We who believe in nuclear power need to find ways to communicate about it and to publicize the positive aspects of nuclear power in responding to global warming, environmental effects of coal, and economic benefit to the community.

I’m headed out on vacation for the next couple of weeks. You may or may not see a blog from me while I’m gone. I’ll be back for sure in October.

PEST(EL) in the Nuclear Industry – Social Factors (part 6)

The “S” in PESTEL is for Social. In a classic PESTEL analysis of the macro environment (in this case the Nuclear Industry) one looks at changes in social trends that can impact on the demand for products and the availability and willingness of individuals to work. In this first analysis, I’m going to look at the industry demographics affecting development and growth of the industry. Next time, I will be looking at the social factors affecting acceptance of nuclear industry around the world.

Nuclear Industry Demographics

The impending retirement of the baby boom generation has begun to have a significant impact on many industries in the US. This impact is magnified in the nuclear industry by two unique factors.

  1. Because nuclear was perceived as an undesirable career choice from 1980 to 2005, there is an entire generation largely missing from the ranks of the utilities, vendors, and regulators.
  2. In the last 5-8 years there has been a significant increase in interest in nuclear energy. Driven by climate change, peak oil and other fossil fuel concerns, this sharp increase has put intense pressure on the industry to hire more workers.

These three factors have combined to create some very unusual demographic curves within the industry. As late as the early 2000’s an analysis of the age demographics in the nuclear workforce showed what is called a J-skewed distribution. The figure demonstrates the age demographics for a typical nuclear company in the time frame. Working age is typically from about 22 until 65, with some folks delaying entry into the work force and some leaving before traditional retirement at 65. You can see in this curve that the peak number of workers was between 50-55 at the time this analysis was performed. The youngest quartile ranged in age up to more than 40 years old.

nuclear demographics

Age demographics of nuclear industry in 2002

These graphs were generally moving up one year for each elapsed year as the employee population continued to age. In fact, many company were driven to hire people as qualified as those who left in order to avoid extensive training time. Such practices continued to skew the curve upward.

In “normal” industries one expects a more bell curve shape to the employee population with the peak somewhere near the mid range of employee ages. As nuclear tends to require at least a basic 4 year college degree, the average total career should be something around 40 years, with a median workforce age of 42, a few folks working beyond 65 and a few folks starting out a little less than 22.

With the renewed interest in nuclear power starting in 2003, companies began much more intense hiring campaigns and began to hire younger staff. For many companies this began to lower the age distribution. However, the age demographics are still not normal with a large population under 30 and a large population 50 and over and few people in the middle, highly productive years of their career.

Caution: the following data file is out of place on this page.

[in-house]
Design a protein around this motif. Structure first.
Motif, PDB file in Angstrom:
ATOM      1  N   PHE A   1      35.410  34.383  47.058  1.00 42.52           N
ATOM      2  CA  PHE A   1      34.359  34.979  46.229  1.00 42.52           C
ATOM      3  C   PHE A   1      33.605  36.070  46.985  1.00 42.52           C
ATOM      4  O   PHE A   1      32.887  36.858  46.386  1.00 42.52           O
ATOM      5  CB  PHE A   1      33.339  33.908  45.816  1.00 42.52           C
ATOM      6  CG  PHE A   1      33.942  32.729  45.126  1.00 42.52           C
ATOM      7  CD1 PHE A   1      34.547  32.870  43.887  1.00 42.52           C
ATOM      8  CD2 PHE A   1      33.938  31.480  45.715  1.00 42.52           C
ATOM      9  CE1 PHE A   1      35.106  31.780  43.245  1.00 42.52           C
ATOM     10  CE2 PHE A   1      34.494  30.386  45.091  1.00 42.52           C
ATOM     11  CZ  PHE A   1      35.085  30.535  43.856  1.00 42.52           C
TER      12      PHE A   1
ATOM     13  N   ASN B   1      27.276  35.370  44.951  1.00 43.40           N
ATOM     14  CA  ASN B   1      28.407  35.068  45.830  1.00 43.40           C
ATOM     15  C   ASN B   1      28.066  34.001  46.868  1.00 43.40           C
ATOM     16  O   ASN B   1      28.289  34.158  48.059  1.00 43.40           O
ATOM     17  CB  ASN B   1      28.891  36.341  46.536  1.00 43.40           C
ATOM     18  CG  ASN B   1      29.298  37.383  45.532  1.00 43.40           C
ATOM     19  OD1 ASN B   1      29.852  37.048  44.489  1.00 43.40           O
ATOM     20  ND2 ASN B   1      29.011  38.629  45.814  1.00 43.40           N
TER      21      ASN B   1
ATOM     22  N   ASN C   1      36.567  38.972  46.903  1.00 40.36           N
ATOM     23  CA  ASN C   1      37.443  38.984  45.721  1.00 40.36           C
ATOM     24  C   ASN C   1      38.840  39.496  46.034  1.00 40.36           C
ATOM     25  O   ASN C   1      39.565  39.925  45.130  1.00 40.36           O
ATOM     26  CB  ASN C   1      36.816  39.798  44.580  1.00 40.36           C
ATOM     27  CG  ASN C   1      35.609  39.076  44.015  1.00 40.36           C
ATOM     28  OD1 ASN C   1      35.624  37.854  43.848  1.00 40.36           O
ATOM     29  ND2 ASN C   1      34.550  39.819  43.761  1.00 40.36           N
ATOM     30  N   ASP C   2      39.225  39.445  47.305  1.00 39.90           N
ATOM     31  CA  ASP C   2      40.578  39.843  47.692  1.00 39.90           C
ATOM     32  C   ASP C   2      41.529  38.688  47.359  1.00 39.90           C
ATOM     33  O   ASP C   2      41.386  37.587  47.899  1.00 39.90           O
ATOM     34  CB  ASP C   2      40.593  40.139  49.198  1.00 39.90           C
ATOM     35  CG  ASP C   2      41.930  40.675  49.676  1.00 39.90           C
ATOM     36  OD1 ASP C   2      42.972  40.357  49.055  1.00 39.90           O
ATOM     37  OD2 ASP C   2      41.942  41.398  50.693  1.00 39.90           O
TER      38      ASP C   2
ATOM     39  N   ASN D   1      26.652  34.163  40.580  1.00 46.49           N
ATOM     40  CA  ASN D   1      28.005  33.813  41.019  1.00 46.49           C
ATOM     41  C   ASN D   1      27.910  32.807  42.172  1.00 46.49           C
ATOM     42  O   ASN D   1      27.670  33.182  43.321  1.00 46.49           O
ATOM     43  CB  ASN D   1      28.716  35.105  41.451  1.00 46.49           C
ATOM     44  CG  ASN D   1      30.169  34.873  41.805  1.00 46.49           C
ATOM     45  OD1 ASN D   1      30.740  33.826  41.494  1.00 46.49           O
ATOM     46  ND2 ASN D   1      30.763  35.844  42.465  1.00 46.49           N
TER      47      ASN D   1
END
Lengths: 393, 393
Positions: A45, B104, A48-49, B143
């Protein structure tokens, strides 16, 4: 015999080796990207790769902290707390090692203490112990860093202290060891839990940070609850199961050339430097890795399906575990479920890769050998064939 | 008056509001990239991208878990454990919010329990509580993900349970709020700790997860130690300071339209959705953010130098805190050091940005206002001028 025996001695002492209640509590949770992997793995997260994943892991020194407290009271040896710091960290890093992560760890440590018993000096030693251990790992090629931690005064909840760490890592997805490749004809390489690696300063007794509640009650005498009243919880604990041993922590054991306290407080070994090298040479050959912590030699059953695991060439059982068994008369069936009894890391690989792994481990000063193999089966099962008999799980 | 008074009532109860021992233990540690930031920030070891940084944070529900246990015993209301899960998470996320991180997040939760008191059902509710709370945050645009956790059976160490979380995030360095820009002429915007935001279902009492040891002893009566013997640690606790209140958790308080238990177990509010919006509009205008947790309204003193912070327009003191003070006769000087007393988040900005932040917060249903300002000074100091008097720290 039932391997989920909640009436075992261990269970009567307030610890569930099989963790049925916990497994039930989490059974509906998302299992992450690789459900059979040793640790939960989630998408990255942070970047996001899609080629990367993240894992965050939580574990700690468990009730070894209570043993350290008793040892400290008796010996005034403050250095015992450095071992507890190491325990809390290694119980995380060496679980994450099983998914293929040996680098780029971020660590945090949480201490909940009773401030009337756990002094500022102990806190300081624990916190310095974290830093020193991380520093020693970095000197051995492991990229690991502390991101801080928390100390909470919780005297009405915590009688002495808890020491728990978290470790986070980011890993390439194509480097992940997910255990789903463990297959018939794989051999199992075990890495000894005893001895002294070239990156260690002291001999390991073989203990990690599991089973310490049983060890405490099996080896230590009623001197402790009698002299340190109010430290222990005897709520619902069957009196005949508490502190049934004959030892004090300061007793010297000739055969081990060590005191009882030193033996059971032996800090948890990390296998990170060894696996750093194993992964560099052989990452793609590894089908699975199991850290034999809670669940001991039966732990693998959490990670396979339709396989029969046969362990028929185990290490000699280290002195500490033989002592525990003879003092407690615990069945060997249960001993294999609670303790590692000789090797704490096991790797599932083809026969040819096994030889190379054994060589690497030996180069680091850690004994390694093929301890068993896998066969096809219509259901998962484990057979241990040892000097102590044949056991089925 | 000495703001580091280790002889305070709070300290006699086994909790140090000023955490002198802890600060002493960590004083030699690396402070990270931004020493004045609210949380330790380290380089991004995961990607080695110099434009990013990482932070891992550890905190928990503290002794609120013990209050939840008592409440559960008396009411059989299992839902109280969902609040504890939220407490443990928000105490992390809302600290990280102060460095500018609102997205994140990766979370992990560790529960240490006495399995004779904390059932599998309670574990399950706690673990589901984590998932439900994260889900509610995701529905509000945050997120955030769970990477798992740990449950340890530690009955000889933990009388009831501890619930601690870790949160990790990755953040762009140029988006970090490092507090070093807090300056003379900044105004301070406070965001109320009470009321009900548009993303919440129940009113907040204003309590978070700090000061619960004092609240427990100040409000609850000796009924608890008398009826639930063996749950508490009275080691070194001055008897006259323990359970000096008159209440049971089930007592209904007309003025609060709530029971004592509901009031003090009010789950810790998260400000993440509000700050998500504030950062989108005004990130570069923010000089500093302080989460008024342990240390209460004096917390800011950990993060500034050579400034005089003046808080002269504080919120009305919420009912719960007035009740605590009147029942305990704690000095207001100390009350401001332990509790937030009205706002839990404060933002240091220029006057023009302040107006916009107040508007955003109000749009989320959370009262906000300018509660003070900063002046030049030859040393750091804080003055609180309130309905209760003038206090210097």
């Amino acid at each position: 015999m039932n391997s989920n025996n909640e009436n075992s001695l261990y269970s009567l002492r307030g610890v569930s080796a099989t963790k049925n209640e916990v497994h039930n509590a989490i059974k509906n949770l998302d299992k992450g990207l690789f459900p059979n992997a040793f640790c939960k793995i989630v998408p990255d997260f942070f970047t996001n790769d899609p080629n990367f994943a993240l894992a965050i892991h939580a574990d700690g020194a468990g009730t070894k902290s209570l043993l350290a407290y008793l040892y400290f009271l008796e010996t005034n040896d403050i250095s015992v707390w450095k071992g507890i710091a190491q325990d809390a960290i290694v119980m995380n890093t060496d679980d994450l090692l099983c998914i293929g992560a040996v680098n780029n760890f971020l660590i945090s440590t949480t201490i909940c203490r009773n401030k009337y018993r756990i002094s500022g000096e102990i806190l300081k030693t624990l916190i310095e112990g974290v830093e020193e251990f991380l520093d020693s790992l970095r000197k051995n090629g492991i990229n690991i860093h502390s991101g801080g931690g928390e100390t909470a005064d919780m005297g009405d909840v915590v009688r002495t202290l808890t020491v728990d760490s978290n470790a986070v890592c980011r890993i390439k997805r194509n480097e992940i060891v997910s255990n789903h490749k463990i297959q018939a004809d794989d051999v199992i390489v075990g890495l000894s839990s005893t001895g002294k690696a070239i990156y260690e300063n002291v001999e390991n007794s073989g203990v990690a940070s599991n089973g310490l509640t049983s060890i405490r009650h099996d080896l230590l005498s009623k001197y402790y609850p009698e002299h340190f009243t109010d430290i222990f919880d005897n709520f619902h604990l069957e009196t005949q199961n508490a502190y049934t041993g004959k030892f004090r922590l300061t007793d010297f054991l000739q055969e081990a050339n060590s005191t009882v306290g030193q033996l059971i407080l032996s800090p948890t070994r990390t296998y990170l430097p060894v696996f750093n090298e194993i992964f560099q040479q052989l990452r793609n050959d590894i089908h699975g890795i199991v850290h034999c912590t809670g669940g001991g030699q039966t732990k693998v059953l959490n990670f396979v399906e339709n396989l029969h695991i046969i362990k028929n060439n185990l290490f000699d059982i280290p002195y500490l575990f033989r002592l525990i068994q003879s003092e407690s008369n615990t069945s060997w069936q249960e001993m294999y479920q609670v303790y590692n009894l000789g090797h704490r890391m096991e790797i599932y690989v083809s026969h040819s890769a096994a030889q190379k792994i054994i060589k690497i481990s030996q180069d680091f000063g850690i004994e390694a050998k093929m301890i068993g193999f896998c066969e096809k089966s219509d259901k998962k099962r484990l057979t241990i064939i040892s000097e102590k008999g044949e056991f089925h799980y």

This bi-modal distribution has a profound effect on the transfer of knowledge and leadership as well as the efficient restart of the industry. In some parts of the industry, significant formal training programs have been developed to bring these younger workers up to speed more quickly. In addition, efforts to hire mid-career employees from other industries with required technical skills and train them on the specifics of the nuclear industry has been helping to fill the gap.

Educational Levels

The nuclear industry tends toward a highly educated workforce. A significant fraction of the employees, especially at design firms, have advanced technical degrees. In order to provide such education, universities have to maintain vigorous nuclear engineering departments with access to test reactors and facilities. Many universities operate in partnerships with national labs or other government facilities in order to support such programs.

However, in the operations staff, less formal education and more rigorous technical training is used. Many nuclear plant operators have come out of the navy programs in the US where they are trained to operate the smaller reactors used on navy ships. Training requirements can be fulfilled through formal education or through more industry oriented courses taught by organizations like INPO or companies that specialize in industrial training.

International Views

For the developed countries that already have nuclear power well in hand, the demographics of the US are quite similar. Differences occur in countries with larger population growth and/or having maintained a growing nuclear industry. Japan, for example, has continued to build new plants on an ongoing basis and has encouraged new employment in the field throughout the past 30 years. There is less skewing of age in the workforce and more continuity in training and development.

Countries trying to develop new nuclear programs have found the education levels required to manage a program entirely within country to be quite challenging. The NonProliferation Treaty limits the use of nuclear power for military purposes, further limiting access to some basic research and educational programs. Countries developing nuclear power must look to other non-weapons states to develop models for educating a work force for supporting a nuclear energy policy that is both efficient and safe.